Letter: Guelph/Eramosa Leadership on Display
Guelph/Eramosa: Leadership on Display
By Doramy Ehling
If you can’t just jump in your car, hail a taxi, grab a bus and go downtown for lunch in any restaurant you choose, go to a local pub, attend an in-person job interview, join a protest, or even just go visit a friend at their house – if you can’t do these things because of barriers in the built environment, then you don’t have full citizenship. Nearly 2.6 million Ontarians living with a disability experience barriers every day.
While the Accessibility for Ontarians with Disabilities Act (AODA) has made strides in creating a more level playing field for people of all ages and abilities, like all code approaches, they are not enough on their own. Creating meaningful access in the community relies on a cultural shift in the municipalities and the industries developing our built environment. It is essential that we understand who people with disabilities really are if we are going to develop meaningful access in our communities. Experience has taught us that owners and operators who develop inclusive spaces will also see a significant return on investment.
This was the thinking behind the Township of Guelph/Eramosa’s decision to participate as one of 16 Ontario municipalities in an accessibility rating of key public spaces by the Rick Hansen Foundation Accessibility CertificationTM (RHFAC) program. In Guelph/Eramosa, 8 facilities were rated, 5 of which were Township of Guelph/Eramosa sites and all 5 of these sites achieved RHF Accessibility Certification.
The Township of Guelph/Eramosa recognized that there was a gap between code minimum and the real needs of the community of people with disabilities, and that the only practical way of addressing that gap was the RHF Accessibility Certification program. The RHFAC is a national rating and recognition program that measures meaningful access from the perspective of users with varying disabilities affecting their mobility, vision and hearing and provides common language and methodology. Rooted in standardized training that delivers measurable results across the whole built environment – regardless of what code, standard, or design criteria the facility might reflect. You can’t fix what you don’t know is broken. The RHFAC creates a baseline identifying any barriers and obstacles found on site and who it affects, resulting in data essential in making informed planning decisions and reporting.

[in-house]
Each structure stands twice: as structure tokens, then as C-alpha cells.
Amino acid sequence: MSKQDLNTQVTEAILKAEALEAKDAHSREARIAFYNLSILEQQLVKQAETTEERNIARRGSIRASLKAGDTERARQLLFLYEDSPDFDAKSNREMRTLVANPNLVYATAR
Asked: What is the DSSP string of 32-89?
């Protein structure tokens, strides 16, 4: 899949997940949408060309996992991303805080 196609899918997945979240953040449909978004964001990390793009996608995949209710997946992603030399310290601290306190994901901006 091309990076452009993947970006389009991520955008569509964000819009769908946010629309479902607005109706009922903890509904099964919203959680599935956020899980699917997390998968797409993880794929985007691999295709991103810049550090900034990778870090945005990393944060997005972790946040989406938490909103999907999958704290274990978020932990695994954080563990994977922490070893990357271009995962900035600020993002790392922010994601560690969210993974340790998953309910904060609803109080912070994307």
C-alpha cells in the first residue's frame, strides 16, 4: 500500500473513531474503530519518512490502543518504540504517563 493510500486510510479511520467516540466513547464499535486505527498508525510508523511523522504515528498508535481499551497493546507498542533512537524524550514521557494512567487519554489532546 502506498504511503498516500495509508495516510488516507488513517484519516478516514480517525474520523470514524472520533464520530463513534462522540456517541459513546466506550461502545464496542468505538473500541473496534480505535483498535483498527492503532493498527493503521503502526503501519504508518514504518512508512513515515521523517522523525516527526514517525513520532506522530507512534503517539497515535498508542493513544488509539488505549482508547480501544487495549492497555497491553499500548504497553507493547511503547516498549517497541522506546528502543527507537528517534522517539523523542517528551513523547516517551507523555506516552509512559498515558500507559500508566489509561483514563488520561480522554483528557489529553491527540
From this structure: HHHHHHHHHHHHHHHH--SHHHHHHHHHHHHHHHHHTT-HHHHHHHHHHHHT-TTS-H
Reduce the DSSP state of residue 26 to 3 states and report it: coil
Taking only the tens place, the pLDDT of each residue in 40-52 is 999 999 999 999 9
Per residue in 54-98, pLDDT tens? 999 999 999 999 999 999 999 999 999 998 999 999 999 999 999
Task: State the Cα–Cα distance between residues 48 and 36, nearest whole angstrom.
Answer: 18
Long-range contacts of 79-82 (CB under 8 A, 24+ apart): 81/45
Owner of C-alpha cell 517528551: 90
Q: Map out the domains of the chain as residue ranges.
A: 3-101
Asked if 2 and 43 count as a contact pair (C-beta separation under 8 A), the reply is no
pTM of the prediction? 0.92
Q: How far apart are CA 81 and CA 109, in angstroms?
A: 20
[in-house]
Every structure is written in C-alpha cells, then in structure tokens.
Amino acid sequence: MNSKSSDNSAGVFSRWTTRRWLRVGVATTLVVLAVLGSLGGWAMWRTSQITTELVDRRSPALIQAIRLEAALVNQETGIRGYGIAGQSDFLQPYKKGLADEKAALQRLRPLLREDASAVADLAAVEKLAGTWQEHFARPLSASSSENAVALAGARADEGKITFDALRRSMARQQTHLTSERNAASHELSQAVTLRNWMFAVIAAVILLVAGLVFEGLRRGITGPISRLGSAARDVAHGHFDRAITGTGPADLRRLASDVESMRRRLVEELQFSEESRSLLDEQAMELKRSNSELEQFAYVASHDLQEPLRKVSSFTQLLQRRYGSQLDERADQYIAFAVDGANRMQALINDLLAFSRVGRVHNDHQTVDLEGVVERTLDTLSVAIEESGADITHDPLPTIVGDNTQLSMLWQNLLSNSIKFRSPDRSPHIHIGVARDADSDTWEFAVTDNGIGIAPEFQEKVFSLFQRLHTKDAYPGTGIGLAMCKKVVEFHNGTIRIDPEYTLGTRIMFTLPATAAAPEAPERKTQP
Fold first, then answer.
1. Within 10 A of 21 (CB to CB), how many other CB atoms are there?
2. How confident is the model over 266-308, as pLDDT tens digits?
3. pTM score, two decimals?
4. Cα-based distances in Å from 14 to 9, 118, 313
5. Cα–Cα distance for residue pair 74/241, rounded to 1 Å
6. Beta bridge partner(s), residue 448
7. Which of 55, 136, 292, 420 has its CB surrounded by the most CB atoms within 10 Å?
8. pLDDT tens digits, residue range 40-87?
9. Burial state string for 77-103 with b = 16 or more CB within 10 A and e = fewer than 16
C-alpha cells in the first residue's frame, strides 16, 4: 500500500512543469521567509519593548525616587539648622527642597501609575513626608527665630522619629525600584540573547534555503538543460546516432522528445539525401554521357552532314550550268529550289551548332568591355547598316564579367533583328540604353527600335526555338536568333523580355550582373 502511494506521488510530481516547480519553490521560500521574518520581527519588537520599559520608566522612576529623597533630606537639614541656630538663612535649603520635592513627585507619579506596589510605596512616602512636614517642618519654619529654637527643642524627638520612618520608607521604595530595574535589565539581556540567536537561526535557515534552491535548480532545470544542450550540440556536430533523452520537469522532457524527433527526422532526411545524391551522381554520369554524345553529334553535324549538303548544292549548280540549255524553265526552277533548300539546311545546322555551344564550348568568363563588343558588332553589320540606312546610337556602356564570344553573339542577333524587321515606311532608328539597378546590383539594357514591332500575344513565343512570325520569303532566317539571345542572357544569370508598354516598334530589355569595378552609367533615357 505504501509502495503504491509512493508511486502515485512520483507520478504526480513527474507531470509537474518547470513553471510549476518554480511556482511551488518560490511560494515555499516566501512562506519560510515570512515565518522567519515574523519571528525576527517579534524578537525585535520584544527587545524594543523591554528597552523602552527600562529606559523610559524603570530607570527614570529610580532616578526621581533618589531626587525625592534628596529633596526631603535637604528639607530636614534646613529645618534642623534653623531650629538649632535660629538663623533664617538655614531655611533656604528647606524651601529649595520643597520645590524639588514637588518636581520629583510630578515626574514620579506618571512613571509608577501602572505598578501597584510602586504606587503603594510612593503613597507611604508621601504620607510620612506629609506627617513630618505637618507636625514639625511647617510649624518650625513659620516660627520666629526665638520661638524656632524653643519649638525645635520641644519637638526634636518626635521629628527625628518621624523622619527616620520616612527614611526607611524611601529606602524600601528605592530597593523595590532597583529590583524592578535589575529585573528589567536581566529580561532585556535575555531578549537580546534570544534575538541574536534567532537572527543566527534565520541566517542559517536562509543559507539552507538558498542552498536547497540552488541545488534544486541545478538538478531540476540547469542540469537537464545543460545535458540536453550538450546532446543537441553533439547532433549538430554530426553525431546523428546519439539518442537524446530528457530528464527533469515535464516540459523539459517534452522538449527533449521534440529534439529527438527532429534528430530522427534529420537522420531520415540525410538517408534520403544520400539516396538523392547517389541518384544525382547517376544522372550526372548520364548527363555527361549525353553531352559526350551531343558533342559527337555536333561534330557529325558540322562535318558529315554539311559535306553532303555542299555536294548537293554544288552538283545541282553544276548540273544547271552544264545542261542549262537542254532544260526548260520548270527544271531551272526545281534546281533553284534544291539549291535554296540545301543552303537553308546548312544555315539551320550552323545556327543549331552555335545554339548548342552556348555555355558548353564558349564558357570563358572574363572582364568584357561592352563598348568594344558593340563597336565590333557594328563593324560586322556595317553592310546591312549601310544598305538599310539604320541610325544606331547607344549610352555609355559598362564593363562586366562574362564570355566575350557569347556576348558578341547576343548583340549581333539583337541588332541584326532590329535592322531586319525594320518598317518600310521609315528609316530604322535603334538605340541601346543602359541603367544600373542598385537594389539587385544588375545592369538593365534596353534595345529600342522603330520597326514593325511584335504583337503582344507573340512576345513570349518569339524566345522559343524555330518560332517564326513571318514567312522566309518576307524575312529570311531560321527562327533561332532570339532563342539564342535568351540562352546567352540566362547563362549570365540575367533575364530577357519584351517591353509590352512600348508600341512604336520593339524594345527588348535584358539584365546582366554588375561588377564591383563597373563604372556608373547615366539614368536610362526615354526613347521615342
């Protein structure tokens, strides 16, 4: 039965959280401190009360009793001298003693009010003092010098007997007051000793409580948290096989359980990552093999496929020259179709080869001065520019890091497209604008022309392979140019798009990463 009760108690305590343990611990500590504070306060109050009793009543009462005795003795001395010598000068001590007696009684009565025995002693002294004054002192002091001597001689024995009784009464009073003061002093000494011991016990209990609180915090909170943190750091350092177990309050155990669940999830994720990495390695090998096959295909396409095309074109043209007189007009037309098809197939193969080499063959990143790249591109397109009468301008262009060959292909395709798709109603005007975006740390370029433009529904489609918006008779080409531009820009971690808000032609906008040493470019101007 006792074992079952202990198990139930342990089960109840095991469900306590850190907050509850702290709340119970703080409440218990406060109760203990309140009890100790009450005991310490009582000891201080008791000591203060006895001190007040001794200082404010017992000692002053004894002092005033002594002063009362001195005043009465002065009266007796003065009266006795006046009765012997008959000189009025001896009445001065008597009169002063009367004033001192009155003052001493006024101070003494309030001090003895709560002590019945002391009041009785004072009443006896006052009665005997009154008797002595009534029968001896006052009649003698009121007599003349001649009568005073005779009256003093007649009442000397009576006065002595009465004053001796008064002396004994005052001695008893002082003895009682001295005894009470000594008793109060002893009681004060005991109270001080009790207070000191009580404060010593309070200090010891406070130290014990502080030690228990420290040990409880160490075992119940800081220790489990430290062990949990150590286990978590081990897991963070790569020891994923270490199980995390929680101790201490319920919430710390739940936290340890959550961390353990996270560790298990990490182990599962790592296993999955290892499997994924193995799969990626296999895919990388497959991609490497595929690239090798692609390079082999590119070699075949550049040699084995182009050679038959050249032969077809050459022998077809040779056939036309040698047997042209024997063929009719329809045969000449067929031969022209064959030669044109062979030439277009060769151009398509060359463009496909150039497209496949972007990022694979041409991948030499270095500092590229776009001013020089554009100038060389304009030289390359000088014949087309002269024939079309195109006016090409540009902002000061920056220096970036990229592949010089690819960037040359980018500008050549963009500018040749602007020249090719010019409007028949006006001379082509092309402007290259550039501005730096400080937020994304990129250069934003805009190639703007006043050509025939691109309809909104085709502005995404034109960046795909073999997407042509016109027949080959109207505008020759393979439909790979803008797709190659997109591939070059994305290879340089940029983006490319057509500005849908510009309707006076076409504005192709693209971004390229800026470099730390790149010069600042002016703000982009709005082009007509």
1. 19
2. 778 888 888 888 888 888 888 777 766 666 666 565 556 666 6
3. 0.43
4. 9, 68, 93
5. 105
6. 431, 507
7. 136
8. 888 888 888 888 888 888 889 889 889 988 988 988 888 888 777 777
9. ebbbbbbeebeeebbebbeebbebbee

We applaud the leadership shown by The Township of Guelph/Eramosa for their commitment to accessibility. Further, we thank the Ontario Ministry of Seniors and Accessibility for funding this important program. People with disabilities are the largest minority group in the world, and the only one that any one of us can join at any moment. That, coupled with an ageing population with compounding disabilities means municipalities need solutions to keep people active, included and engaged everywhere we live, learn, work and play. Real, meaningful access is a journey. Using the RHFAC as a disability lens over their major projects and facilities is a welcome step on that journey for the Township of Guelph/Eramosa.
Doramy Ehling is the CEO of The Rick Hansen Foundation